September 14, 2016
Guest blog post by Gerhard Huemer, Study Unit Director at UEAPME
At the beginning of the current economic crisis in 2008, and during the debate about the Small Business Act, it became obvious that no accurate or forward looking data about SMEs existed in Europe. The only available information at EU level was past and outdated data provided by Eurostat. Furthermore, most of the economic indexes used in the public debate were and still are biased towards large enterprises as they have the resources to report on their data on a monthly basis.
For the above reasons and more, UEAPME (the European Association for Crafts and SME) and its national member organisations decided to elaborate an EU Craft and SME Barometer and an SME Business Climate Index. This unique survey was first published in March 2009 and subsequently issued twice a year since then. The SME Barometer differentiates between three size classes for SMEs (micro, small and medium) and four sectors (manufacturing, construction, business services and personal services) and presents results for all of these dimensions over the last semester as well as expectations for the current semester as regards overall situation, turnover, employment, prices, investments and orders.
Furthermore, the UEAPME Study Unit – the department conducting the surveys – designed an EU SME Climate Index that presents the overall sentiments of SMEs in the European Union and can be compared with the European Commission’s Economic Sediment Indicator or the Markit Purchasing Managers’ Index, which mainly represents large companies. For this index, UEAPME has data going back to the beginning of 2007, enabling this index to now cover a whole business cycle, including the two recessions during the current financial and economic crisis.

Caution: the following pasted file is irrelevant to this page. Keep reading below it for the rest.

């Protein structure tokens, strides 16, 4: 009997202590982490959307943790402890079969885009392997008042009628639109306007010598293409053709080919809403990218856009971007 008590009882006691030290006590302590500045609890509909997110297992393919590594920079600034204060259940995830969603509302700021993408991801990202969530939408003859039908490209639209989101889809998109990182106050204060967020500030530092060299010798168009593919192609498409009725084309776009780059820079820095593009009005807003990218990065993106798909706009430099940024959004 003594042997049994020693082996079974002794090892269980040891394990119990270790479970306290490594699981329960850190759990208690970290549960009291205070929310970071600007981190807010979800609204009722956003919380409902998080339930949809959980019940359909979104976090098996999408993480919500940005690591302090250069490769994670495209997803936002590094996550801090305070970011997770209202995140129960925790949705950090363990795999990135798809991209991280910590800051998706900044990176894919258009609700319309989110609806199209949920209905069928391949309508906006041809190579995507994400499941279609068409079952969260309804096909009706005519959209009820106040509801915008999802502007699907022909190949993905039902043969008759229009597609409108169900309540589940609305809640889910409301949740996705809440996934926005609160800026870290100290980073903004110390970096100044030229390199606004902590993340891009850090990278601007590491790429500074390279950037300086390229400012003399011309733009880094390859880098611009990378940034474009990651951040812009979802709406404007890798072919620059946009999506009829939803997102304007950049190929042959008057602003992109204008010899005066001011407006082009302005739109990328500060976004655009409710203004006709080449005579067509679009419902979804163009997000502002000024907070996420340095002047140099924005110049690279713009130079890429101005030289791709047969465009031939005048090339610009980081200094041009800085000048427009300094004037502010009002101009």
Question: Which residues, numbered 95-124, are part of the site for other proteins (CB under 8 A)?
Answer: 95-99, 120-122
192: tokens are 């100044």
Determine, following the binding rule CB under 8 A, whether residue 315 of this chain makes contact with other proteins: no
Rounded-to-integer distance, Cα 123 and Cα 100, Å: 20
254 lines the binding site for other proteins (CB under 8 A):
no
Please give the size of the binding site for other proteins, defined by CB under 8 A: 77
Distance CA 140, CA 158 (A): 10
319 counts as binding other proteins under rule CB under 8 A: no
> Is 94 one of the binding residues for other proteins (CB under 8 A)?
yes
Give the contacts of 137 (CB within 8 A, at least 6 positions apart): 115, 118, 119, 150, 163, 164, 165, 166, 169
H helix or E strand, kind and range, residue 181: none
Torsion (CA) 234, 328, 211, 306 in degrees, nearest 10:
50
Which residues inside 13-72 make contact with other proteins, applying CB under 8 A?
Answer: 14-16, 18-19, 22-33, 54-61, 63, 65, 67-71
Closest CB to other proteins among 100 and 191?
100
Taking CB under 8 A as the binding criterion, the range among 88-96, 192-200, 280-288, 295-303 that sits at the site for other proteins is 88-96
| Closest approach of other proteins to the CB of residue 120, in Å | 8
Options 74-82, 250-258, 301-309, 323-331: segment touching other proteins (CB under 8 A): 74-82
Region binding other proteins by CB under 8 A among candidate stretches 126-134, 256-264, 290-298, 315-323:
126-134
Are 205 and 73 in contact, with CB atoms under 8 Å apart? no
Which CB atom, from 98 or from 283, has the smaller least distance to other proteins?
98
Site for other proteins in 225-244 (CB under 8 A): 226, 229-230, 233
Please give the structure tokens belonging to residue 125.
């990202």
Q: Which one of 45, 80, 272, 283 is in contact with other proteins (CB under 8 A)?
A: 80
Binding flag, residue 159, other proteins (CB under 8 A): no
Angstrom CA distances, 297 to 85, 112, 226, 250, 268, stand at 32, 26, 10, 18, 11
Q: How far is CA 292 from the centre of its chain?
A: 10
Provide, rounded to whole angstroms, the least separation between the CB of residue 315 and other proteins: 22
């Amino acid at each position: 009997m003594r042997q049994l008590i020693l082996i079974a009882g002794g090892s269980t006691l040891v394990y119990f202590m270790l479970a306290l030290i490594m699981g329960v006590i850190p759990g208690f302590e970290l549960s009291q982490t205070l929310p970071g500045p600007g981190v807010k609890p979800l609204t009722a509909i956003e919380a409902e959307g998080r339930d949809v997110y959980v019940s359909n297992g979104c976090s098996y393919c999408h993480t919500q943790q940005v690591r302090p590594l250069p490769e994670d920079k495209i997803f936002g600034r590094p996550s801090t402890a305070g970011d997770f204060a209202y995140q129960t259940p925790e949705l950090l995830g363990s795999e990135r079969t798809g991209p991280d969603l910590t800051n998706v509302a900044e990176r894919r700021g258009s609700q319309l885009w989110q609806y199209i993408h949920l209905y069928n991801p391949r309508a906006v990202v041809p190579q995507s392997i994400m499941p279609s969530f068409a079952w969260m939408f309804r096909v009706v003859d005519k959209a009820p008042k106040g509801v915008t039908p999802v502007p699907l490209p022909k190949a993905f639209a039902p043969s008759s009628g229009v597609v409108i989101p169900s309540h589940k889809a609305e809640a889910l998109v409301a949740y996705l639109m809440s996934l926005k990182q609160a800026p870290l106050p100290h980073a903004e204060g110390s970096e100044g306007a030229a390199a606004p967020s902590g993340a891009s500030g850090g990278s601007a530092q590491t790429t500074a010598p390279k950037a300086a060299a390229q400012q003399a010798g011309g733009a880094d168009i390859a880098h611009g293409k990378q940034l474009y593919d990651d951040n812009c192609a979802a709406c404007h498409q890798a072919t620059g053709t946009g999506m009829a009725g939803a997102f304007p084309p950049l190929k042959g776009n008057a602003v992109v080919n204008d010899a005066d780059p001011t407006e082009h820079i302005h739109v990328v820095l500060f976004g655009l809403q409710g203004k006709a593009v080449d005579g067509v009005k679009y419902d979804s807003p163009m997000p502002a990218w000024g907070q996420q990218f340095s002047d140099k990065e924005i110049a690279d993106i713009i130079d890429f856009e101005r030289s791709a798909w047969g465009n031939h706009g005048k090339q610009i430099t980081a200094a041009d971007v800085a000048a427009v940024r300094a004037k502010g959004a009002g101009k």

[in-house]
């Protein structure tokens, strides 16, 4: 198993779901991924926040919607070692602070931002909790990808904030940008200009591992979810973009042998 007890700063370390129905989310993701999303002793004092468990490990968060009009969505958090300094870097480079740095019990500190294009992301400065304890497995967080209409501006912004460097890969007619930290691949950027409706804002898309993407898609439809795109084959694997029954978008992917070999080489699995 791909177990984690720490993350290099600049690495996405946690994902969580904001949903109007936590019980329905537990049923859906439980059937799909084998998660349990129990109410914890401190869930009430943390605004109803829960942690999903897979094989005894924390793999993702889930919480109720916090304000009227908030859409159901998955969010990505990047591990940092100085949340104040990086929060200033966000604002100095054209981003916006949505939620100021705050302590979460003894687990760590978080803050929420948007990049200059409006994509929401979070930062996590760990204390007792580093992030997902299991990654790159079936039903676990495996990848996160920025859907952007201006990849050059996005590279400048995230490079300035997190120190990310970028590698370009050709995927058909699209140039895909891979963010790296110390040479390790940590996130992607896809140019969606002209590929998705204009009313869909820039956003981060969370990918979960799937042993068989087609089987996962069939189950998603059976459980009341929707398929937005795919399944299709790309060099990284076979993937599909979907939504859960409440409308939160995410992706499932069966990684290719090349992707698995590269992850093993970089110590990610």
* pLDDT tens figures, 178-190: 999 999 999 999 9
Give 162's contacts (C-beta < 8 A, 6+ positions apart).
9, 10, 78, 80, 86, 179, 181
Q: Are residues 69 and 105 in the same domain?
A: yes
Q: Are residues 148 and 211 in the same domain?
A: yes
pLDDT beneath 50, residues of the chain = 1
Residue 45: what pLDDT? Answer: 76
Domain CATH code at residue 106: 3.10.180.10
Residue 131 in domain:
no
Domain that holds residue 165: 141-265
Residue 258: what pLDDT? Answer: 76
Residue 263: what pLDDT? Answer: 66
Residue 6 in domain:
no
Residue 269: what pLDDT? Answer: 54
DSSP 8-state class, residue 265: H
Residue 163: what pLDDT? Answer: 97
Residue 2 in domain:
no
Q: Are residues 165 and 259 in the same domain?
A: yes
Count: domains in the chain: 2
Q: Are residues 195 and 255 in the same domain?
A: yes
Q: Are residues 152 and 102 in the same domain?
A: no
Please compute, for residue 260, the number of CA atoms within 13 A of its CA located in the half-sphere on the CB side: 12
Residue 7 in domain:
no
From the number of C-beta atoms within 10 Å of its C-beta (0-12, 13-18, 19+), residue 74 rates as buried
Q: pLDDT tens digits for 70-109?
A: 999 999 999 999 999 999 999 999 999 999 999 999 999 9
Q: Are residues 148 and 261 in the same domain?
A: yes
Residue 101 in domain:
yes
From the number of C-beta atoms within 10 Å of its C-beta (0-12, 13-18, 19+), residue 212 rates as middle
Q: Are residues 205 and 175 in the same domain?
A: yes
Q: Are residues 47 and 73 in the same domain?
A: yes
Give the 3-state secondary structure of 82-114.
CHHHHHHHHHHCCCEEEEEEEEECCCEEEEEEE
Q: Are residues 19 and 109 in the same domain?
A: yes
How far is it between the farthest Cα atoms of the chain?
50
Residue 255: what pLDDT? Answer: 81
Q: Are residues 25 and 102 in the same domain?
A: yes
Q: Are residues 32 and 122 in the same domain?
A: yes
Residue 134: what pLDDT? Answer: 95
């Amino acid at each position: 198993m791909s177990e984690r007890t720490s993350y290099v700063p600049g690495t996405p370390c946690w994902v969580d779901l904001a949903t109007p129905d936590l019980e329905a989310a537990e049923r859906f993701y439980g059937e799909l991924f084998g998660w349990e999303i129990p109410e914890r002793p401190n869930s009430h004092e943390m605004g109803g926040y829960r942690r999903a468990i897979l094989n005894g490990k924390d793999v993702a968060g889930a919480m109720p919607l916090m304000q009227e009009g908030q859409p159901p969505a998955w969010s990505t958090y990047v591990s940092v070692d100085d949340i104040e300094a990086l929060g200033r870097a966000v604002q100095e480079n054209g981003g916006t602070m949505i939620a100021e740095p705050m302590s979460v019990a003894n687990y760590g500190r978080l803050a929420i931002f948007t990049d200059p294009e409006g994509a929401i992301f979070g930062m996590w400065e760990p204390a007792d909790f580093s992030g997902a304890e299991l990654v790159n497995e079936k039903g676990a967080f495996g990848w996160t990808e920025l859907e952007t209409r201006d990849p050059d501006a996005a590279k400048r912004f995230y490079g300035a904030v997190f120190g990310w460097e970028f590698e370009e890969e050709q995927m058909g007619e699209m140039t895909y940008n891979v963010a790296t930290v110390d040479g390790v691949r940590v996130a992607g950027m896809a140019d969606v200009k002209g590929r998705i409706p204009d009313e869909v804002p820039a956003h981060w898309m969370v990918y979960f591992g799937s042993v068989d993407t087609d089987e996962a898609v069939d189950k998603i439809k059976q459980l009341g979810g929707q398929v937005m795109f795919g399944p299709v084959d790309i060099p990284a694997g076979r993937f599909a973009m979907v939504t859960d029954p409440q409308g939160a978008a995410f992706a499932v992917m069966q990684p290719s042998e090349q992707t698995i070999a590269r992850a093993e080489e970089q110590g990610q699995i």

What are the main patterns we found over this cycle? Are there really any differences between SMEs of different sizes and large companies? If so, how can these variations be explained?
Here are a few findings to arouse your curiosity and entice you to read more in our publications:
- The first recession in 2008/9 was deeper than the one in 2012/14. However, SMEs were less affected by the first and much more by the second compared to large companies. Why is that? The first recession resulted from an external shock and mostly hit the export orientated manufacturing sector where SMEs are underrepresented. The second downturn was caused by the sovereign debt-crisis and a decrease in internal demand, which most affected the services sectors where SMEs are strongly represented. Here we could find clear differences between the Member States with significant problems and the rest of the EU. However, after successful reforms, the gap between south/periphery states and northern/central states is now closing.
- The differences in employment developments are also significant and the smaller the companies are, the smaller the amplitudes over the cycle have been. Micro and small enterprises show a tendency to hoard labour over a business cycle, in order to keep the business running and to keep qualified personnel.
- SMEs are planning investments only to a certain extent and the results for investments are generally higher than expected. Furthermore, investments in higher production capacity only takes place if SMEs see a clear positive outlook. This only becomes true with positive figures in the first semester of 2016.
- Lack of internal demand strongly impacts the services sectors, but even more so the construction sectors. Indeed, SMEs are mainly active in private housing and such investments are put on hold if households are faced with uncertainty.
These few findings show that SMEs are substantially different from large enterprises. Having forward looking data about SMEs can definitely contribute to better policy making. SME support programmes, access to finance measures and investment initiatives can be better targeted if politicians know more about the economic situation and the businesses’ expectations, especially of those representing 99.8% of companies, 2/3 of employment and about 60% of added value, i.e. the SMEs in the European Union. Therefore, we are very proud that several European and international institutions like the European Commission, the European Investment Fund and the OECD regularly use and quote the EU SME Barometer.
I hope I managed to entice you into looking into the results of our work and that you are already looking forward to our next edition published mid-October. This time round, it will be interesting to find out if the positive effects of strong internal demand in some Member States or the negative consequences of the BREXIT vote have had a dominant impact on SMEs in Europe.Blogactiv Team